Background: Squamous cell carcinoma (SCC) is the most common malignancy in the sinonasal tract. We present the first population-based analysis that examines geographic differences in demographic and clinical characteristics, socioeconomic factors, treatment modality, and disease-specific survival (DSS) of this entity. Methods: All cases of sinonasal squamous cell carcinoma (SNSCC) were queried using the U.S. Surveillance, Epidemiology, and End Results (SEER) registry from 1973 to 2013. Patients were stratified by geographic location and characteristics such as demographics (age, gender, race, metropolitan/nonmetropolitan status, and income), stage at diagnosis, and treatment modality. Survival data were generated using Kaplan-Meier regression analysis. Results: In total, 6094 patients were identified; 15.3% were from the East, 16.3% from the Midwest, 19.3% from the South, and 49.1% from the West. Patients from the South were younger (p < 0.001). The South had the highest proportion of patients who were black (p < 0.001), lived in nonmetropolitan areas (p < 0.001), and presented with localized disease (p < 0.001). Southern patients also had the lowest median income (p < 0.05), and were least likely to be treated with both surgery and radiotherapy (p < 0.001). The South exhibited the lowest 20-year DSS compared to all other regions (p < 0.001). Conclusion: SNSCC patients from the South had the poorest long-term DSS, despite being most likely to present with localized disease. The South had the highest proportion of patients who were black, resided in rural or urban towns, had the lowest median income, and did not receive standard combination therapy, compared to the East, Midwest, and West.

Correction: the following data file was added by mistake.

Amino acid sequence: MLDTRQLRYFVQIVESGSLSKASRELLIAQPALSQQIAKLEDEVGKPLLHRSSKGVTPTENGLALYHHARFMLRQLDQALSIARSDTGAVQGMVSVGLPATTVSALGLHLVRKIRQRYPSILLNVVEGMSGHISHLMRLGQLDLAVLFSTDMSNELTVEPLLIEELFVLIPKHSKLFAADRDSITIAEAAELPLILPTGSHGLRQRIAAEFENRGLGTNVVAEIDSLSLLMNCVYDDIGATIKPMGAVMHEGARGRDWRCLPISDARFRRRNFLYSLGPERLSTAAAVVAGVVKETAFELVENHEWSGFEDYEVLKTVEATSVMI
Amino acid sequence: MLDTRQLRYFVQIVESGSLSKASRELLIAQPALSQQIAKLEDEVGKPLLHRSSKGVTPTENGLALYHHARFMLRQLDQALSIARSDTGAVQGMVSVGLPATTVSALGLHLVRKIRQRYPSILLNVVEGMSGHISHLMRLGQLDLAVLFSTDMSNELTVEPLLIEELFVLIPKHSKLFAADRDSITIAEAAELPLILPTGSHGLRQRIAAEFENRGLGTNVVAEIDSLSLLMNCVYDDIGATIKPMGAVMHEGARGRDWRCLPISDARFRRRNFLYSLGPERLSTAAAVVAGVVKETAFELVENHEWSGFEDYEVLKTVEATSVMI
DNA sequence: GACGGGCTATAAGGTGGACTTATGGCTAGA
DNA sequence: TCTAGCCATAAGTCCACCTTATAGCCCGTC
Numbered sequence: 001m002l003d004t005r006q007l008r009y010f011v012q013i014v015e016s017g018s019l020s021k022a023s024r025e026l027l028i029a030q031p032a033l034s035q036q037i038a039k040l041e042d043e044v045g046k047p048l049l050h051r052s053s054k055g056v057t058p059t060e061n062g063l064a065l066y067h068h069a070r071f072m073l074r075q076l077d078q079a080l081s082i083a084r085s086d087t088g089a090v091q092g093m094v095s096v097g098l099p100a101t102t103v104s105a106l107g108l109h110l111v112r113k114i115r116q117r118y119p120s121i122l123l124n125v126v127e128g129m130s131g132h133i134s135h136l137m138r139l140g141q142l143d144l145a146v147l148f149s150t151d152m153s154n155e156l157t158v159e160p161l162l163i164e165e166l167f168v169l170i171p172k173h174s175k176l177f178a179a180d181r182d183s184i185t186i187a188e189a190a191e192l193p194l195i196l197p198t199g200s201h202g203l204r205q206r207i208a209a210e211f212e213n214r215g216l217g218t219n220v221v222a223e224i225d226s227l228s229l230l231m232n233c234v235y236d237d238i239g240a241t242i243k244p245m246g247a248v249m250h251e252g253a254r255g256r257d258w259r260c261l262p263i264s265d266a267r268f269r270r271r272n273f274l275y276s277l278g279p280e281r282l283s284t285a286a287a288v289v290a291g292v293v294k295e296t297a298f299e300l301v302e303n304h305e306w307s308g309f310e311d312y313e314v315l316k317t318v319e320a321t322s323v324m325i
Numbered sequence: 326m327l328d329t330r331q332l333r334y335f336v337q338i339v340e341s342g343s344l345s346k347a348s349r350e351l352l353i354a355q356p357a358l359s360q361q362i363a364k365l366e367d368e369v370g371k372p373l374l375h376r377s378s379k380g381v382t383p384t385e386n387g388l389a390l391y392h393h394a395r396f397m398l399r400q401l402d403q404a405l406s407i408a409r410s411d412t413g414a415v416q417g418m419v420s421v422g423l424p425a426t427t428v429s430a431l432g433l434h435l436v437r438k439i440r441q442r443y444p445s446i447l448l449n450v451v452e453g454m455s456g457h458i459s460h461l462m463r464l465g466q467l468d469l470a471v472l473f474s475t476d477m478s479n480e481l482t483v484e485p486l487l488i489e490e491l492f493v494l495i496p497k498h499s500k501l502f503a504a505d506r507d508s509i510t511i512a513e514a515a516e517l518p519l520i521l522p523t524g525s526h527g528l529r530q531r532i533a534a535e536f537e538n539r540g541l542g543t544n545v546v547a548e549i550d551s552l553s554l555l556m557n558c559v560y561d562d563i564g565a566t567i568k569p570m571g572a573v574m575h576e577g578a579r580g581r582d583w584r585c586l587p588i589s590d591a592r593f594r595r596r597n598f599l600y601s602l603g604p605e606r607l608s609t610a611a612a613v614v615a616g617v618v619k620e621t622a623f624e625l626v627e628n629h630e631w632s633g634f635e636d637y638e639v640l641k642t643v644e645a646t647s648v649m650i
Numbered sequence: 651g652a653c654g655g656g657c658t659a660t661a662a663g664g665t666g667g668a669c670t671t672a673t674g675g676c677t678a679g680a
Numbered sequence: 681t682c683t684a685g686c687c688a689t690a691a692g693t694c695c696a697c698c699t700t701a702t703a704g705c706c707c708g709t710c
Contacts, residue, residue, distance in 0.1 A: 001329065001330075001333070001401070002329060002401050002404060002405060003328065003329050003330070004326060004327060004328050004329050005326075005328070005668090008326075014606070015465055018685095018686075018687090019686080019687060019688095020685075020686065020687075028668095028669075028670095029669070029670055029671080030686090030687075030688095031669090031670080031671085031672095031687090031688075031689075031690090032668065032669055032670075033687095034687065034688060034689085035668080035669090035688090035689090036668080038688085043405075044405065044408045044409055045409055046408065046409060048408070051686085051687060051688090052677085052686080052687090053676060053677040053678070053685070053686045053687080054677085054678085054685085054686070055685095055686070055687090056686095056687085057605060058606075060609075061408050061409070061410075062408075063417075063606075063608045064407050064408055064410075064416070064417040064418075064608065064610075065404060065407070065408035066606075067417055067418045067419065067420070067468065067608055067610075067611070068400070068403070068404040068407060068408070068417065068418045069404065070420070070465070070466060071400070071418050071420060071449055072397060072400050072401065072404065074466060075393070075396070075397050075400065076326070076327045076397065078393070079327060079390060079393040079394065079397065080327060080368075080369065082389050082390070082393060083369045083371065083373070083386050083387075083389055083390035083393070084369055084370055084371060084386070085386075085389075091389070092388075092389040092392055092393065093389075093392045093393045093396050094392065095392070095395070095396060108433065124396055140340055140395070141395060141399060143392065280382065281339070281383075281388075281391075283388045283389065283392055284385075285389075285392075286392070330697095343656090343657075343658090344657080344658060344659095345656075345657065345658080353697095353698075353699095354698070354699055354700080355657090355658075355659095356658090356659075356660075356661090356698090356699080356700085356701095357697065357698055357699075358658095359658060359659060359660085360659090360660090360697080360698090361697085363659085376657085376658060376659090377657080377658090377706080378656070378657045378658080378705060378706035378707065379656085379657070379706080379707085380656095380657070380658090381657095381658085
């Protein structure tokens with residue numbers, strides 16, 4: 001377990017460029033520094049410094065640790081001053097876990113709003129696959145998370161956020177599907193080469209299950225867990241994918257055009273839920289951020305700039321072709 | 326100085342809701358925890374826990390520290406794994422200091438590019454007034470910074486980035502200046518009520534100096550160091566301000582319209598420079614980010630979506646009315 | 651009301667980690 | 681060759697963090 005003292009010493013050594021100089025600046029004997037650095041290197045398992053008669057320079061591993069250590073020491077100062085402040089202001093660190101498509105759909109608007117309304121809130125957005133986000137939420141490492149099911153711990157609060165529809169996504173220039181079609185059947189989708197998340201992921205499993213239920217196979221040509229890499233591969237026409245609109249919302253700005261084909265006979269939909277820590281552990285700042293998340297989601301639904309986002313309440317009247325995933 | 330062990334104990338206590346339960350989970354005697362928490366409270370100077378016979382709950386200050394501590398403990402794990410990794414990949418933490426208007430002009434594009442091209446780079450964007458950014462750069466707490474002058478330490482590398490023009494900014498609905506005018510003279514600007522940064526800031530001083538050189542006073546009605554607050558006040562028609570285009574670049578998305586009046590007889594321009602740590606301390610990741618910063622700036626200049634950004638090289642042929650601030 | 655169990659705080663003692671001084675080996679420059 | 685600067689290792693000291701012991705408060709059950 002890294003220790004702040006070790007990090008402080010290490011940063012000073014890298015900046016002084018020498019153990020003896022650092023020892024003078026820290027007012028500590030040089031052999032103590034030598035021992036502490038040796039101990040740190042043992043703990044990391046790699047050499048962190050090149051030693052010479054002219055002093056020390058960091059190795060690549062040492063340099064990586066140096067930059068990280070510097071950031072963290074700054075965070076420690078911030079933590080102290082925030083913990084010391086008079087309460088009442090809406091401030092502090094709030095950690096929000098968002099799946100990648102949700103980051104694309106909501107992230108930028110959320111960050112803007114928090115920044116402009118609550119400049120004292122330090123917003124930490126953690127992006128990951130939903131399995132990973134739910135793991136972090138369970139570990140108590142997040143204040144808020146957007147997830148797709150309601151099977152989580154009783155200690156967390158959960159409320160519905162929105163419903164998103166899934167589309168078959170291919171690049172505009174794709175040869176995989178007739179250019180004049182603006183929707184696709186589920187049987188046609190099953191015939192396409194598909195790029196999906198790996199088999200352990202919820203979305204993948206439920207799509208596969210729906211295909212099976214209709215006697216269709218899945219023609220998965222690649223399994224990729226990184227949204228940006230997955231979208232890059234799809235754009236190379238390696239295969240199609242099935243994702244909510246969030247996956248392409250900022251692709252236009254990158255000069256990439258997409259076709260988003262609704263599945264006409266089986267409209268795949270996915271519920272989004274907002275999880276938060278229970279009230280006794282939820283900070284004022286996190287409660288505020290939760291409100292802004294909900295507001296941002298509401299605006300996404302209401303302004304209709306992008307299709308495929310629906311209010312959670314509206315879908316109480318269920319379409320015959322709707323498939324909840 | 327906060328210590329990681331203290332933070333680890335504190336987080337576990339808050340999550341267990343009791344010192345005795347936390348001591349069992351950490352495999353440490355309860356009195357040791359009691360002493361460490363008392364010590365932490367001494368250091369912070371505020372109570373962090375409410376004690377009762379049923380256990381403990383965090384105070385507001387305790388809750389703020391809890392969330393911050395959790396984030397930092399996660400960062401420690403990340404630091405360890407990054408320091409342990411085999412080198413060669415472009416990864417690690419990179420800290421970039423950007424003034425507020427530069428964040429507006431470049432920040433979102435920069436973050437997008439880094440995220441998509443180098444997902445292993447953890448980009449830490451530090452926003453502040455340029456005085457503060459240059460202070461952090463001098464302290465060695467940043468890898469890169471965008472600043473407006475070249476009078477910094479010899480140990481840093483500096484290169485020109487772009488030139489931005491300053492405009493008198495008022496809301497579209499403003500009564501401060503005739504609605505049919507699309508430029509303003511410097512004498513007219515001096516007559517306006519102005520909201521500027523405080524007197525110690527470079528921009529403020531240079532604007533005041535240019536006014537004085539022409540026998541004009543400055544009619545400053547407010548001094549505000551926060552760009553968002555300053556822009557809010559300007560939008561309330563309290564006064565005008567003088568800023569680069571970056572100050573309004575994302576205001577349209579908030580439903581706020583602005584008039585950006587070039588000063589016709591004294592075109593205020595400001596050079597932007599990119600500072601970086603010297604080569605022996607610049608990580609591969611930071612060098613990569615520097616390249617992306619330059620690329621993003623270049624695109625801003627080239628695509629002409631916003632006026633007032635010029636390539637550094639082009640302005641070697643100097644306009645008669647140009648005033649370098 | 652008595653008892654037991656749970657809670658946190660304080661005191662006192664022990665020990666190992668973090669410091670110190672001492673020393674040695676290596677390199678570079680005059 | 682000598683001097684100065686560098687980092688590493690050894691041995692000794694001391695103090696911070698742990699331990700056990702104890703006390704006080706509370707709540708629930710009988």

- Surveillance, Epidemiology and End Results
- disease-specific survival
- sinonasal cancer
- sinonasal squamous cell carcinoma
- squamous cell carcinoma
ASJC Scopus subject areas
- Immunology and Allergy